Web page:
“I’m so glad I live in a world where there are Octobers.” ~ L.M. Montgomery, from Anne of Green Gables

Arthur Dove Sunrise, Northport Harbor 1924
“Sunrise, Northport Harbor” (1924)
by Arthur Dove

“The universe is under no obligation to make sense to you.” ~ Neil deGrasse Tyson

Saturday evening. Wonderfully cool, 50’s. At last.

Let’s try this again, shall we?

I’ve been down for the count for more days than I care to remember. My doctor’s appointment on Thursday left me with an egg-sized lump on my neck where my pain doctor (the one I’ve been waiting for to reemerge for 7 months) gave me an occipital block in an attempt to alleviate this never-ending migraine.

It didn’t work. And one of the new medicines that he prescribed for me (migrinal) costs over $1,000. Sooo……..

Anyway, I’m feeble. Last night (this morning?) I couldn’t sleep; the last time I looked at the clock it was 6:20. Truly, can anything else go wrong at this point?

Feeble is the only way to describe it, and I feel really bad that this has happened while Corey is home, but at the same time, I’m so glad that he’s home because just feeding myself is a chore. At least he can play with the dogs and feed them while I lie in my darkened bedroom attempting to read and staying away from anything light-reflective.

I haven’t checked my e-mail or looked at my tumblr, and as for this blog? Not so much. So I thought that instead of running on about pain and agony, I’d try to post my poem, the one from September 28 that didn’t appear on several of your sites (as you’ve let me know), try to post it as a JPEG instead of as a PDF. Here’s hoping it works this time . . .

By the way, I don’t know what possessed me, but I submitted it to some journal. Honestly cannot remember which one. I guess that’s my tactic for avoiding rejection—submit and immediately forget. I made a few changes to that one, but here’s the original version:



Music by Fort Atlantic, “No One Will Know”


“It is with words as with sunbeams—the more they are condensed, the deeper they burn.” ~ Robert Southey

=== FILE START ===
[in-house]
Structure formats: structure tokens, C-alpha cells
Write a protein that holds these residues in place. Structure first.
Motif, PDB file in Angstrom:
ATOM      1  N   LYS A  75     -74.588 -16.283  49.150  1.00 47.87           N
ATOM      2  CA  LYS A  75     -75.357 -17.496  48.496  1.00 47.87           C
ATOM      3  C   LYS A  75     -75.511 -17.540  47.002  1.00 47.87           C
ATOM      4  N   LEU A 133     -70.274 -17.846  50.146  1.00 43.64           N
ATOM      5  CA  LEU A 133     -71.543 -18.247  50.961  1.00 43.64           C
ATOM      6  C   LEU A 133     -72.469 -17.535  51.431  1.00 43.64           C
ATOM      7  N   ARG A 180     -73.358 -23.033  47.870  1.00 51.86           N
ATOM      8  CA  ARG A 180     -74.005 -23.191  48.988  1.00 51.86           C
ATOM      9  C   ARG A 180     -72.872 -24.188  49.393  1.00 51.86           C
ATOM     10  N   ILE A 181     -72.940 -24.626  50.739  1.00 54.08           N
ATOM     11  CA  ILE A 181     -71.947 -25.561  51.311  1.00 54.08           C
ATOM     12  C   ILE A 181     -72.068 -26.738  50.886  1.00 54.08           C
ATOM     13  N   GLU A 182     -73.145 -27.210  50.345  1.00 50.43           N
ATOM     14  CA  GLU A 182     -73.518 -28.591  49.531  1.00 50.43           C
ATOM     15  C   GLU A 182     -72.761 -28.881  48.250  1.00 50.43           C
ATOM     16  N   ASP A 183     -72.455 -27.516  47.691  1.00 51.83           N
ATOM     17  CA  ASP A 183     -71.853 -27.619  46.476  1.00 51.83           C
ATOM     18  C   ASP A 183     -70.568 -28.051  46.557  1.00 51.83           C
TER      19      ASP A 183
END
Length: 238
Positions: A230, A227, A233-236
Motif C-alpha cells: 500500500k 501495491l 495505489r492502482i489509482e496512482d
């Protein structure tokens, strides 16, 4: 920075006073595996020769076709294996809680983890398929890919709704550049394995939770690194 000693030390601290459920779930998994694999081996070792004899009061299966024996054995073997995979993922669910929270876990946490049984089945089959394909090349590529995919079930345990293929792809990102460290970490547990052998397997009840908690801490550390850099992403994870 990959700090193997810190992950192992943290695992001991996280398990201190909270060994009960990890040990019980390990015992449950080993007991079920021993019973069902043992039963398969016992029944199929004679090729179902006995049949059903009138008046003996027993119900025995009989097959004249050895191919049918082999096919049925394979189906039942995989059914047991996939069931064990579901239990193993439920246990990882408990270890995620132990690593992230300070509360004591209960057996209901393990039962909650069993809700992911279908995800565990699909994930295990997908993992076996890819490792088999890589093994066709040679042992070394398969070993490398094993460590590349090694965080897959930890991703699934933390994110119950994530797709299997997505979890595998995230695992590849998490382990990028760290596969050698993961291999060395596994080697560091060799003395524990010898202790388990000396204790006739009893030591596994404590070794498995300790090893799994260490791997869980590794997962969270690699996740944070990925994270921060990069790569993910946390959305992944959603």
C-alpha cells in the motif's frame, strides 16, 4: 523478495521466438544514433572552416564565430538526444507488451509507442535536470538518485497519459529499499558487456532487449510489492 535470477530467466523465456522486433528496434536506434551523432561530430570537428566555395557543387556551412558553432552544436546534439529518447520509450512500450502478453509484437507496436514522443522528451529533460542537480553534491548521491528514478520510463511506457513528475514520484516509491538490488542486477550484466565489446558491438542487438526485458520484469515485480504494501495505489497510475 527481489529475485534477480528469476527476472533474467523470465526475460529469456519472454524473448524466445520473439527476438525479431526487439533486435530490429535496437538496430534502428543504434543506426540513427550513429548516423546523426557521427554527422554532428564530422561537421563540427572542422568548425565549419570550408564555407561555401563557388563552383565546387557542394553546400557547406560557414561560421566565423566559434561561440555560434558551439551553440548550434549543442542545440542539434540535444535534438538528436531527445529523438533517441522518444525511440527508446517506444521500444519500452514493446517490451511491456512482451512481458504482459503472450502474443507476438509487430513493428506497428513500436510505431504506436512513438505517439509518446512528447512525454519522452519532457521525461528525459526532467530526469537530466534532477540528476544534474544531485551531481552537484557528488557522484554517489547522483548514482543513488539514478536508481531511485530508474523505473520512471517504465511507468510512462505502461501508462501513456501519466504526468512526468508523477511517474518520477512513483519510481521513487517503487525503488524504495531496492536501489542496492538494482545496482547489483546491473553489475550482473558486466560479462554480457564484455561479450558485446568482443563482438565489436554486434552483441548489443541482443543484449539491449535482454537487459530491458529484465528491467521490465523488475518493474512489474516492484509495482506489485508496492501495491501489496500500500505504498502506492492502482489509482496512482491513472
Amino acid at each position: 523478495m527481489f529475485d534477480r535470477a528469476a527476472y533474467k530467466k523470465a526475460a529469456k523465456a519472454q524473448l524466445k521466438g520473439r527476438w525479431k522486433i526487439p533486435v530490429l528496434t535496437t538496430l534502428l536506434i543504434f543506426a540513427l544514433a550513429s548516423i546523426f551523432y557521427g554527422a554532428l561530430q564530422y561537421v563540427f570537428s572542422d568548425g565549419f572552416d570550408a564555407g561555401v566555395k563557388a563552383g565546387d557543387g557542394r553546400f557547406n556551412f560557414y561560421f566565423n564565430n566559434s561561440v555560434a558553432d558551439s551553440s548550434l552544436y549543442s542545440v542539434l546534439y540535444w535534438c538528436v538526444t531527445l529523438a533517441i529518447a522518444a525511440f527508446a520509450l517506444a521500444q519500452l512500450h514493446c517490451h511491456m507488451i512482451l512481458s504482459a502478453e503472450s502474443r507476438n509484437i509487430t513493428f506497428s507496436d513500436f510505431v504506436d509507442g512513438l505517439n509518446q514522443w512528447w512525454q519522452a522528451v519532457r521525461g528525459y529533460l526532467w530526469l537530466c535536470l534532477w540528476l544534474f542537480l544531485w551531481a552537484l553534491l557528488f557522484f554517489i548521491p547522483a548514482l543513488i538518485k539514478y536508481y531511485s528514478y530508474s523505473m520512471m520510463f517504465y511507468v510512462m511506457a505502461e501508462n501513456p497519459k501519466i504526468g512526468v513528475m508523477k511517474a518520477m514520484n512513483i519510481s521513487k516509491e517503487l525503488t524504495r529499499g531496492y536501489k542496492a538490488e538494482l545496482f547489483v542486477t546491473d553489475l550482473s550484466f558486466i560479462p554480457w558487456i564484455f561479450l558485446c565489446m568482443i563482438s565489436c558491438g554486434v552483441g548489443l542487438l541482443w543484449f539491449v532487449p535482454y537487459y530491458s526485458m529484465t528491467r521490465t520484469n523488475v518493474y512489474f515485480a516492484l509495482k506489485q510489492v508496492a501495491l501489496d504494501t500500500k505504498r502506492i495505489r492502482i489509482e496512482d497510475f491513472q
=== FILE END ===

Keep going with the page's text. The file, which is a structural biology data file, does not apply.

I haven’t come across a prose poem in a while that really grabbed me . . .

[I believe there is a song that is stranger than wind . . .]

By Karen Volkman

I believe there is a song that is stranger than wind, that sips the scald
from the telling, toss, toss. In the room I move in, a wrecked boy listened
to each sky’s erasing, for it was shrill winter, for it was blast and blur.
For it was farther from the native birds and the gray heath heather and
the uncaressable thighs of the one who shook in violet. Those who fly
farthest must always burn the nest. But the mind in its implacable spec-
trum dims to brown. Must you die on your back like a cheap engine, rust
and wrack? In the crevicing days, there are no words for prizing, be-
tween the lidless moon and the silver hands of the fountain. But if it is
space you must fail in, teach it din.


For those of you who may not be familiar with this poetic form, the prose poem is written like prose, without the poetic line breaks, but it still contains many of the same poetic devices, such as figures of speech, alliteration, assonance, repetition, and rhyme. The length of a prose poem varies a great deal, and the subject matter is not limited in any way, with topics including love, nature, war, etc.

According to poets.org, the form “is most often traced to nineteenth-century French symbolists writers. The advent of the form in the work of Aloysius Bertrand and Charles Baudelaire marked a significant departure from the strict separation between the genres of prose and poetry at the time.”

I have written a couple of prose poems, and it’s hard to say what causes a poem to fit into this category. I can only tell you that I knew innately that what I was writing was a prose poem.

My favorite prose poem is “The story of a day in the life of a woman trying,” which I would have put here, but my copy of it is packed away in a box somewhere.

More later. Peace.

“To stand at the edge of the sea, to sense the ebb and flow of the tides, to feel the breath of a mist moving over a great salt marsh, to watch the flight of shore birds that have swept up and down the surf lines of the continents for untold thousands of year, to see the running of the old eels and the young shad to the sea, is to have knowledge of things that are as nearly eternal as any earthly life can be.” ~ Rachel Carson


The Coast of Philip Island (Wikimedia Commons)

This word reminds me of a poem that I wrote when Corey and I first got together. We were spending the afternoon on the Outer Banks with the boys, and I was standing in the shoreline looking at Corey in the distance. It was in that moment that I realized that he loved me. This is a good memory.